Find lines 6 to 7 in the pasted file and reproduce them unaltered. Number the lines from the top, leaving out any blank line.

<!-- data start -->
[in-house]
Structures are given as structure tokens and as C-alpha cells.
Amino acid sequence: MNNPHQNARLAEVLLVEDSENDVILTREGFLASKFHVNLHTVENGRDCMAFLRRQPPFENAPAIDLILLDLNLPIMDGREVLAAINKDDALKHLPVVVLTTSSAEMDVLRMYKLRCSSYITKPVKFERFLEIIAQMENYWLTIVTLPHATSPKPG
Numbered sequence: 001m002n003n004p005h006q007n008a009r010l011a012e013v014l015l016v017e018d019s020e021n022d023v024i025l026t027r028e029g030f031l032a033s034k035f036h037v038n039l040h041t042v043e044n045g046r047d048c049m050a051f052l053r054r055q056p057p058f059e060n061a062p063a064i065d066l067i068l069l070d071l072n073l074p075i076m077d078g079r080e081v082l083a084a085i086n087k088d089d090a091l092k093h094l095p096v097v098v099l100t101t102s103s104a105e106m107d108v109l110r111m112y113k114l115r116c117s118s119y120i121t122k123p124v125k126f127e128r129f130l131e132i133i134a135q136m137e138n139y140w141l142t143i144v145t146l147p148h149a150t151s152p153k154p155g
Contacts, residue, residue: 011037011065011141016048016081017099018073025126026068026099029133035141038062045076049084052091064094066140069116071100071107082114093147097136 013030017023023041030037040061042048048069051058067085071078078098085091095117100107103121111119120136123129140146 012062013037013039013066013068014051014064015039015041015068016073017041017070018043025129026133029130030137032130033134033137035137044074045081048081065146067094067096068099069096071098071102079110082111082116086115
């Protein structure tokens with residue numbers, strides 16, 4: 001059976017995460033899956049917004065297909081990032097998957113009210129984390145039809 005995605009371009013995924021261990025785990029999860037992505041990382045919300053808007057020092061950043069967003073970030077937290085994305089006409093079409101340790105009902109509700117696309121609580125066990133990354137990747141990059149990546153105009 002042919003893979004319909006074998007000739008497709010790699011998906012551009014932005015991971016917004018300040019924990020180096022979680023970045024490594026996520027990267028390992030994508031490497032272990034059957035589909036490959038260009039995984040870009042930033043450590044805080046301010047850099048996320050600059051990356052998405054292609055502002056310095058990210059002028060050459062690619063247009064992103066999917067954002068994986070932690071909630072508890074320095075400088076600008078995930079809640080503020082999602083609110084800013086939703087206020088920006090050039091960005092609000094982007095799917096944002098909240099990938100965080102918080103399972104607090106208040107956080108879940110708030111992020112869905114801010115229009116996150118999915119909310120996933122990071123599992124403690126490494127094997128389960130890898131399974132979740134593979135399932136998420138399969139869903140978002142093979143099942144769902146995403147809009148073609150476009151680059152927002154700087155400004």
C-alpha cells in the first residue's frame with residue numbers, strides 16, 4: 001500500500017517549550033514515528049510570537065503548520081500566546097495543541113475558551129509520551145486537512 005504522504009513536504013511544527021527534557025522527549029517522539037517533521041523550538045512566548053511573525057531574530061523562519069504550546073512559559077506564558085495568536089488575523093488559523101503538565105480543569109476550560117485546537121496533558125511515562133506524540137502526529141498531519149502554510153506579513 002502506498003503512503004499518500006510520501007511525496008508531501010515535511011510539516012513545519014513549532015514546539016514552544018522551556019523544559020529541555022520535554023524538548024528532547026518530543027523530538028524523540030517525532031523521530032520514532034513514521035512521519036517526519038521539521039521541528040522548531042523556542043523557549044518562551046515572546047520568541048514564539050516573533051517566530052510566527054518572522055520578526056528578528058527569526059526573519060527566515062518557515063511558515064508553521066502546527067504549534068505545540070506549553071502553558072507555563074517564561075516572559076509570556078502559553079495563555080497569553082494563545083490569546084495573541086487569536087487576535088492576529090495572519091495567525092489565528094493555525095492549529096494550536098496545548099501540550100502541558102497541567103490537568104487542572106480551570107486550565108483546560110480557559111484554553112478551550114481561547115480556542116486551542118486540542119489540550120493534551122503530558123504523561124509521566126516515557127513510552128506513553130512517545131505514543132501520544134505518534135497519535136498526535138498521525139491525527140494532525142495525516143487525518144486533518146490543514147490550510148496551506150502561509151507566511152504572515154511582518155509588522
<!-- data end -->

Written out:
């Protein structure tokens with residue numbers, strides 16, 4: 001059976017995460033899956049917004065297909081990032097998957113009210129984390145039809 005995605009371009013995924021261990025785990029999860037992505041990382045919300053808007057020092061950043069967003073970030077937290085994305089006409093079409101340790105009902109509700117696309121609580125066990133990354137990747141990059149990546153105009 002042919003893979004319909006074998007000739008497709010790699011998906012551009014932005015991971016917004018300040019924990020180096022979680023970045024490594026996520027990267028390992030994508031490497032272990034059957035589909036490959038260009039995984040870009042930033043450590044805080046301010047850099048996320050600059051990356052998405054292609055502002056310095058990210059002028060050459062690619063247009064992103066999917067954002068994986070932690071909630072508890074320095075400088076600008078995930079809640080503020082999602083609110084800013086939703087206020088920006090050039091960005092609000094982007095799917096944002098909240099990938100965080102918080103399972104607090106208040107956080108879940110708030111992020112869905114801010115229009116996150118999915119909310120996933122990071123599992124403690126490494127094997128389960130890898131399974132979740134593979135399932136998420138399969139869903140978002142093979143099942144769902146995403147809009148073609150476009151680059152927002154700087155400004």
C-alpha cells in the first residue's frame with residue numbers, strides 16, 4: 001500500500017517549550033514515528049510570537065503548520081500566546097495543541113475558551129509520551145486537512 005504522504009513536504013511544527021527534557025522527549029517522539037517533521041523550538045512566548053511573525057531574530061523562519069504550546073512559559077506564558085495568536089488575523093488559523101503538565105480543569109476550560117485546537121496533558125511515562133506524540137502526529141498531519149502554510153506579513 002502506498003503512503004499518500006510520501007511525496008508531501010515535511011510539516012513545519014513549532015514546539016514552544018522551556019523544559020529541555022520535554023524538548024528532547026518530543027523530538028524523540030517525532031523521530032520514532034513514521035512521519036517526519038521539521039521541528040522548531042523556542043523557549044518562551046515572546047520568541048514564539050516573533051517566530052510566527054518572522055520578526056528578528058527569526059526573519060527566515062518557515063511558515064508553521066502546527067504549534068505545540070506549553071502553558072507555563074517564561075516572559076509570556078502559553079495563555080497569553082494563545083490569546084495573541086487569536087487576535088492576529090495572519091495567525092489565528094493555525095492549529096494550536098496545548099501540550100502541558102497541567103490537568104487542572106480551570107486550565108483546560110480557559111484554553112478551550114481561547115480556542116486551542118486540542119489540550120493534551122503530558123504523561124509521566126516515557127513510552128506513553130512517545131505514543132501520544134505518534135497519535136498526535138498521525139491525527140494532525142495525516143487525518144486533518146490543514147490550510148496551506150502561509151507566511152504572515154511582518155509588522